20 relations: Air brake (aeronautics), British Gliding Association, Carbon fiber reinforced polymer, Civil Aviation Authority (United Kingdom), Fiberglass, Flap (aeronautics), George Lee (pilot), Glasflügel 401, Glider (sailplane), Glider competition classes, Gliding competition, Lee wave, List of gliders, Nicholas Goodhart, Schempp-Hirth Nimbus-2, Slingsby Aviation, Spar (aeronautics), SZD-38 Jantar 1, Tailplane, US Southwest Soaring Museum.
In aeronautics, air brakes or speed brakes are a type of flight control surfaces used on an aircraft to increase drag or increase the angle of approach during landing.
The British Gliding Association (BGA) is the governing body for gliding in the United Kingdom.
Carbon fiber reinforced polymer, carbon fiber reinforced plastic or carbon fiber reinforced thermoplastic (CFRP, CRP, CFRTP or often simply carbon fiber, carbon composite or even carbon), is an extremely strong and light fiber-reinforced plastic which contains carbon fibers.
The Civil Aviation Authority (CAA) is the statutory corporation which oversees and regulates all aspects of civil aviation in the United Kingdom.
Fiberglass (US) or fibreglass (UK) is a common type of fiber-reinforced plastic using glass fiber.
Flaps are a type of high-lift device used to increase the lift of an aircraft wing at a given airspeed.
Douglas George Lee MBE (born 7 November 1945) is a glider pilot who was world gliding champion on three consecutive occasions.
The Glasflügel H-401 "Kestrel" is a glider that was developed in 1968 for the open class.
A glider or sailplane is a type of glider aircraft used in the leisure activity and sport of gliding.
Competition classes in gliding, as in other sports, mainly exist to ensure fairness in competition.
Some of the pilots in the sport of gliding take part in gliding competitions.
In meteorology, lee waves are atmospheric stationary waves.
This is a list of gliders/sailplanes of the world, (this reference lists all gliders with references, where available) Note: Any aircraft can glide for a short time, but gliders are designed to glide for longer.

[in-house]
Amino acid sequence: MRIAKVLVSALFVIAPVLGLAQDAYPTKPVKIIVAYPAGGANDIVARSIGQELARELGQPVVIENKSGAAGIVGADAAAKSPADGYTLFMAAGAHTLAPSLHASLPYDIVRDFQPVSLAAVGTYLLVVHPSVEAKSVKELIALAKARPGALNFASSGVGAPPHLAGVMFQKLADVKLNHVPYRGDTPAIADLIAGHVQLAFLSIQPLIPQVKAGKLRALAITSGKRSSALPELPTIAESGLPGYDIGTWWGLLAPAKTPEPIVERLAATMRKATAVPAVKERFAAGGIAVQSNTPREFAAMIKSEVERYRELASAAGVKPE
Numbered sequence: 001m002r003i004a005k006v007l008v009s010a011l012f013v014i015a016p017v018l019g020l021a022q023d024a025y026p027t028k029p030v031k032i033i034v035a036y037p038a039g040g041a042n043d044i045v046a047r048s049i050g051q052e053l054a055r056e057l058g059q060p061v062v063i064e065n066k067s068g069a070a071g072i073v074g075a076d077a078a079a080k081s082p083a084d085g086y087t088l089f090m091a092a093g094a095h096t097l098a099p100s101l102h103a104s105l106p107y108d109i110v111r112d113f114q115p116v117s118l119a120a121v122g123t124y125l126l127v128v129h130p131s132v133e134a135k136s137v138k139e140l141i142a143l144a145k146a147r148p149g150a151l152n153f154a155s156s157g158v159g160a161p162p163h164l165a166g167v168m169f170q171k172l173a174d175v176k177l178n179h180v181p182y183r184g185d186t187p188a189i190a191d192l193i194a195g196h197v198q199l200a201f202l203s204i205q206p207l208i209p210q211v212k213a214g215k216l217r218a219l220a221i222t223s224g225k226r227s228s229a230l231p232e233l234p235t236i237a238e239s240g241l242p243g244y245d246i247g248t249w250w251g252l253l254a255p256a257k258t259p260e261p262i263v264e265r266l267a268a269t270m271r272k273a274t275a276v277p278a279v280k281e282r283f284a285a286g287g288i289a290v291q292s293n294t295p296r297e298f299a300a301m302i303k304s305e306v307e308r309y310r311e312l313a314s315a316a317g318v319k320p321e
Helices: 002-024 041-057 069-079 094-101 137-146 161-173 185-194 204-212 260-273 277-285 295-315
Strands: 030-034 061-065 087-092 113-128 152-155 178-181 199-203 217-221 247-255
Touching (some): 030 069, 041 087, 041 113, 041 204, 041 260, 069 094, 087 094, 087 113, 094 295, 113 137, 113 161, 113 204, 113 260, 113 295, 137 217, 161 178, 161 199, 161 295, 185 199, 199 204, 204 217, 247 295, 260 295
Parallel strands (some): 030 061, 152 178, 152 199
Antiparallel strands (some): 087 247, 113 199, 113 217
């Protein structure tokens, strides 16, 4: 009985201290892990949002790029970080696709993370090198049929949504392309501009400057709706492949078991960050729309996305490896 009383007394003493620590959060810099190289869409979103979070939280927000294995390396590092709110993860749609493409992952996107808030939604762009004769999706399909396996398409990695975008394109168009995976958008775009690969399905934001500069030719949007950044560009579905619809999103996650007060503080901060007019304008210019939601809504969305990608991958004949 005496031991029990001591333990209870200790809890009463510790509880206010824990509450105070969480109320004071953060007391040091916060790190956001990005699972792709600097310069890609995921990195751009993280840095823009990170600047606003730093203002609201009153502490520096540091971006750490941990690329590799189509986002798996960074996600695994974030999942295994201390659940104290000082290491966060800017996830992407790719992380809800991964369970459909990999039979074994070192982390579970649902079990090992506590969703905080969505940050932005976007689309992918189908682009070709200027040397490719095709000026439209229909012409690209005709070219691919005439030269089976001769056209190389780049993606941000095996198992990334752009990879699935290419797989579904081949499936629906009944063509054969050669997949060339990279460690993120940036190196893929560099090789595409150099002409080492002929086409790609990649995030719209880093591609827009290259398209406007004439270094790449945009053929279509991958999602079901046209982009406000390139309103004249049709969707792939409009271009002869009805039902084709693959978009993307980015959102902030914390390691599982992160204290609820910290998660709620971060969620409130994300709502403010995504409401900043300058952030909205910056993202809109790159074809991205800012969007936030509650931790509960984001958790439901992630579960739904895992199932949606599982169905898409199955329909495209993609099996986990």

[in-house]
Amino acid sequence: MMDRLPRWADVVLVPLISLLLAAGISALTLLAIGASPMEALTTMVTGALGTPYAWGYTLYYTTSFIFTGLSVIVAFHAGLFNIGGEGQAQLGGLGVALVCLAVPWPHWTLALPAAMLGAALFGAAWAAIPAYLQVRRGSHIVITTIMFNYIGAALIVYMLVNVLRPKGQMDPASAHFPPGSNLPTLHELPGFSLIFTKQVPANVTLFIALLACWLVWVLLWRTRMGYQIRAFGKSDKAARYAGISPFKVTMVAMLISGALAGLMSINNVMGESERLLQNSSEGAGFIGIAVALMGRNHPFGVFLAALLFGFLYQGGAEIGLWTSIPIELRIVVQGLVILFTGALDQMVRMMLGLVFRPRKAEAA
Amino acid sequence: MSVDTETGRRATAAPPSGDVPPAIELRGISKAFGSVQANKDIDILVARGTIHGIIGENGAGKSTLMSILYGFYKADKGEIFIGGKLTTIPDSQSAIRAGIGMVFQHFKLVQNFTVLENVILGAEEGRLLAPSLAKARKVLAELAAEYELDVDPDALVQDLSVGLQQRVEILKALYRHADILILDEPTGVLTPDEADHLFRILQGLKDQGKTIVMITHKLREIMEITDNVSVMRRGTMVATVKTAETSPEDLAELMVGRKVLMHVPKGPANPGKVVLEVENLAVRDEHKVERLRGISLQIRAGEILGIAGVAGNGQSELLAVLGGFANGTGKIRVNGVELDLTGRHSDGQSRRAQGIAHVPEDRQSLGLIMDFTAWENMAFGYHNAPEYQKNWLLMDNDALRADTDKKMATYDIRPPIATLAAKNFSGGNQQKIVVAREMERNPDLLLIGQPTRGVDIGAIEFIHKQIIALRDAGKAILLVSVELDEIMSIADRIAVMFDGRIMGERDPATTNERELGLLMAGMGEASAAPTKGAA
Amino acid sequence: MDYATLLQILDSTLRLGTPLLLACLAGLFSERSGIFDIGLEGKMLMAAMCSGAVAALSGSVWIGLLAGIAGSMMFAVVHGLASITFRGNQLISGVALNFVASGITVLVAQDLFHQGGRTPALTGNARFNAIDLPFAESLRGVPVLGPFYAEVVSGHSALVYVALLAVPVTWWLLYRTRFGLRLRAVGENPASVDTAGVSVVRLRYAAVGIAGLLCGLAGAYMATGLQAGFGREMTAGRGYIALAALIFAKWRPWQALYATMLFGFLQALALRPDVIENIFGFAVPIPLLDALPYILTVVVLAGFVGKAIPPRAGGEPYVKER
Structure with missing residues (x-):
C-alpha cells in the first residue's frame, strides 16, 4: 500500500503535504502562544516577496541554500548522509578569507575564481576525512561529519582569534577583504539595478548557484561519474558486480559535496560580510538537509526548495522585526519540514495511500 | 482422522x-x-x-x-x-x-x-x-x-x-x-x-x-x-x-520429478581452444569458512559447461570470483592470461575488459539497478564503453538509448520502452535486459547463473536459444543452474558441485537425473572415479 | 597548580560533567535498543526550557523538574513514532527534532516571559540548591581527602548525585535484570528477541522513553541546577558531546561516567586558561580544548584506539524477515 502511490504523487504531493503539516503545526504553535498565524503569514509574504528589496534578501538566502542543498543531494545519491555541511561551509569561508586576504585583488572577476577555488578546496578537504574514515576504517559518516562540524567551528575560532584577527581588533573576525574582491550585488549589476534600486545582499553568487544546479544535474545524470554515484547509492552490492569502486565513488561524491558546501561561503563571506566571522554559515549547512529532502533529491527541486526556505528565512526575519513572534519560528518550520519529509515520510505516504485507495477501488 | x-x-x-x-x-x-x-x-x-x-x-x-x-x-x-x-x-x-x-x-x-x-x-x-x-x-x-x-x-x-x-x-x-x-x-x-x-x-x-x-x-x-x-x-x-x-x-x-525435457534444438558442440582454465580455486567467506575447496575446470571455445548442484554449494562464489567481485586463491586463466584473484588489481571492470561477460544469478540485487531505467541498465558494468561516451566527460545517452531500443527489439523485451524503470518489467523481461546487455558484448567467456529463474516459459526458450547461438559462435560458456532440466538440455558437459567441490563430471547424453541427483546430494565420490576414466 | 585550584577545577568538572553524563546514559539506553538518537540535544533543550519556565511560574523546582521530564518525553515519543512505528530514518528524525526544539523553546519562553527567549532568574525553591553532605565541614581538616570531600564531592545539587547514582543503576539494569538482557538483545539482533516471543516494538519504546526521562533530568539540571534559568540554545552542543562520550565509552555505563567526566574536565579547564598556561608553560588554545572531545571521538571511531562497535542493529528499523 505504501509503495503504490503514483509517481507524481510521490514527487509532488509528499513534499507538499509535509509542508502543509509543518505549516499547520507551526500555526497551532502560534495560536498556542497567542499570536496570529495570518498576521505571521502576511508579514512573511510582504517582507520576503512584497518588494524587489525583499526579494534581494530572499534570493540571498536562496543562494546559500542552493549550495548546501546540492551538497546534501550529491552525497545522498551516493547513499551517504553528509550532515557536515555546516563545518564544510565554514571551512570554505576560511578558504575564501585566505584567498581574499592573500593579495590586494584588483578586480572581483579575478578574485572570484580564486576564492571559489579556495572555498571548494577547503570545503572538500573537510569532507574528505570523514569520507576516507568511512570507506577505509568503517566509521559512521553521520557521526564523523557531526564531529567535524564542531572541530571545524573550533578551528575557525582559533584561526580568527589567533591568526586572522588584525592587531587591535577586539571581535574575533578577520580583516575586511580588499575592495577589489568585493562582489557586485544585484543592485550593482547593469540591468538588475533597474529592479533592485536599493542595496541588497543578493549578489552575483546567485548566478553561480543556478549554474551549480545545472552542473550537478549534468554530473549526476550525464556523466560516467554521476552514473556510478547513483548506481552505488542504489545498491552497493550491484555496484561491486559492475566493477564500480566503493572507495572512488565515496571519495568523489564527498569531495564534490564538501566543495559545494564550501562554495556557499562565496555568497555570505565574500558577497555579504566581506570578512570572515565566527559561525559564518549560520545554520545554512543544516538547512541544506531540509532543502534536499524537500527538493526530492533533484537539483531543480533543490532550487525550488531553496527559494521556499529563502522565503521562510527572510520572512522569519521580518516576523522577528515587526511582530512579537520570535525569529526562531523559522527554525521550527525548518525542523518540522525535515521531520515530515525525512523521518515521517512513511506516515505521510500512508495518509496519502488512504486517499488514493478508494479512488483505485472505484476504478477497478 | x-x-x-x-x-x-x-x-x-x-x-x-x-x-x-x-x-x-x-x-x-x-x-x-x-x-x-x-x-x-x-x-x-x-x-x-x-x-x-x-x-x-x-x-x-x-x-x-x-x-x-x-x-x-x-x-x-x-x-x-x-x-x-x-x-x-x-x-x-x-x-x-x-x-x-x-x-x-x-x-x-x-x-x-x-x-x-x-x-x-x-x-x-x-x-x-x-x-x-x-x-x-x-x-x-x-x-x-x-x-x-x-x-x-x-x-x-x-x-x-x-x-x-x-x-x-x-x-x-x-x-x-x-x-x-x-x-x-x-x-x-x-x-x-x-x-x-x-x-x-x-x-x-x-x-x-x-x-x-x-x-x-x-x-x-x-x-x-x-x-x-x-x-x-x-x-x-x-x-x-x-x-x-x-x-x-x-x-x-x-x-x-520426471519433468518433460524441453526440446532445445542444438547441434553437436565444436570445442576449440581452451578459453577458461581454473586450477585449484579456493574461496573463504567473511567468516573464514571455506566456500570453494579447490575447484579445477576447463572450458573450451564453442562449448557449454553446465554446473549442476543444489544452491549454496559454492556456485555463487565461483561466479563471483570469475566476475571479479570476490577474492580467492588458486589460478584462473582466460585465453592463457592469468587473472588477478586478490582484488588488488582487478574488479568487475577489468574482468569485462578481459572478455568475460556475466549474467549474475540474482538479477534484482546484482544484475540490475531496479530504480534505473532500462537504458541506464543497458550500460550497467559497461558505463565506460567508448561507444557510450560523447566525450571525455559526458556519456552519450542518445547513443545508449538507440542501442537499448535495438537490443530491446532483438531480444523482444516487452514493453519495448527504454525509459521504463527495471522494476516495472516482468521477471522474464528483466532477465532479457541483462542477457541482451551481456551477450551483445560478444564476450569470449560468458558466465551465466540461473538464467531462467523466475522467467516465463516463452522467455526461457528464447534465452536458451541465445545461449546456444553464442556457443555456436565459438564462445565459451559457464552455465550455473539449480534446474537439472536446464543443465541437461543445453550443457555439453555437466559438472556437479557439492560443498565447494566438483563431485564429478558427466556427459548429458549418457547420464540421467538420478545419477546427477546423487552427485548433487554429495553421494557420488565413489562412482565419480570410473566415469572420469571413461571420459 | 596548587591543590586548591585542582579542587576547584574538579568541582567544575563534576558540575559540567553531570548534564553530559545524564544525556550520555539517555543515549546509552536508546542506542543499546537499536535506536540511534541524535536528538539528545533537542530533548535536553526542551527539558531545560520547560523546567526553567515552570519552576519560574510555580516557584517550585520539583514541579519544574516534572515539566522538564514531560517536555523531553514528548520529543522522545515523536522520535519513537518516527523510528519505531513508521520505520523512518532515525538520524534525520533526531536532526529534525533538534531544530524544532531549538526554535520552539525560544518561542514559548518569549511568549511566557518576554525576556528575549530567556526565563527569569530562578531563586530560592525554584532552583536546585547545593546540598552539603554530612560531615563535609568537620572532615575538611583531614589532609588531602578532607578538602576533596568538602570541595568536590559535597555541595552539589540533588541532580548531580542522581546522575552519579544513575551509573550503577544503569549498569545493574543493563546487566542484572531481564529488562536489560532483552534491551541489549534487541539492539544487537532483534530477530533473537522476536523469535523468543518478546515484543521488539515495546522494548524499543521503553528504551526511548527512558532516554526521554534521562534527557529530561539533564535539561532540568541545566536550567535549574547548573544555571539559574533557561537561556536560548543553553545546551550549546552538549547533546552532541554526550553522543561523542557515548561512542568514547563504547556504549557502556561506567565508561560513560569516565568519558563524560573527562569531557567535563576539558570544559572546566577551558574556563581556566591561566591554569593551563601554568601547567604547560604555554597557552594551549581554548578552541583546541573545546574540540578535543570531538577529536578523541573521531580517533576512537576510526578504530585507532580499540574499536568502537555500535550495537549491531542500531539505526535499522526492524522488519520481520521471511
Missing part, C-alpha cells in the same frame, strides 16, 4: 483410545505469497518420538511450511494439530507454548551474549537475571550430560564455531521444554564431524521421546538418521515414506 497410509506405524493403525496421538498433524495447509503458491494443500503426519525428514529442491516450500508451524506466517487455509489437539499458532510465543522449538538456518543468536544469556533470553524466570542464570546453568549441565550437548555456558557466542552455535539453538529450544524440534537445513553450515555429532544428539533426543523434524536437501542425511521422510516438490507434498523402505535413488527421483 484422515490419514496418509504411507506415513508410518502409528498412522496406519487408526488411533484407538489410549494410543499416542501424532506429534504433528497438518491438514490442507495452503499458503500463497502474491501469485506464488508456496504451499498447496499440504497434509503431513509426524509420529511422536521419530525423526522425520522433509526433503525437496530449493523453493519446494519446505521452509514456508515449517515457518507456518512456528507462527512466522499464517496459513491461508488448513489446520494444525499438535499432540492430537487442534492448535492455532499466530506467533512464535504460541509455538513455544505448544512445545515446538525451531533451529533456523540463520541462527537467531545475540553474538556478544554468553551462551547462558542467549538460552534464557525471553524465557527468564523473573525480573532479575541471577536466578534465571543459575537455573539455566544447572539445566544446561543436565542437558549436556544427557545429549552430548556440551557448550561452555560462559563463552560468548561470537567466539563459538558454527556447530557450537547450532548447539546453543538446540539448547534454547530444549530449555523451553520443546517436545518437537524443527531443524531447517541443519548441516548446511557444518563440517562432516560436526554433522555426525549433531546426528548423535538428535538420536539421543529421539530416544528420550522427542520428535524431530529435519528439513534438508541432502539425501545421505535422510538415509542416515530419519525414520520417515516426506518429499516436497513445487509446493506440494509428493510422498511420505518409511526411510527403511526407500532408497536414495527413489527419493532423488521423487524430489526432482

Rear Admiral Hilary Charles Nicholas 'Nick' Goodhart CB FRAeS (28 September 1919 – 9 April 2011) was an engineer and aviator who invented the mirror-sight deck landing system for aircraft carriers.
The Schempp-Hirth Nimbus-2 is an Open Class glider built by Schempp-Hirth during the 1970s.
Slingsby Aviation is a British aircraft company based in Kirkbymoorside, North Yorkshire, England.
In a fixed-wing aircraft, the spar is often the main structural member of the wing, running spanwise at right angles (or thereabouts depending on wing sweep) to the fuselage.
The SZD-38 Jantar 1 (Amber) is a glider designed and produced in Poland from 1971.
A tailplane, also known as a horizontal stabiliser, is a small lifting surface located on the tail (empennage) behind the main lifting surfaces of a fixed-wing aircraft as well as other non-fixed-wing aircraft such as helicopters and gyroplanes.
The US Southwest Soaring Museum is an aviation museum, located at 918 E US Route 66, in Moriarty, New Mexico, United States that focuses on the history of gliding in the western United States.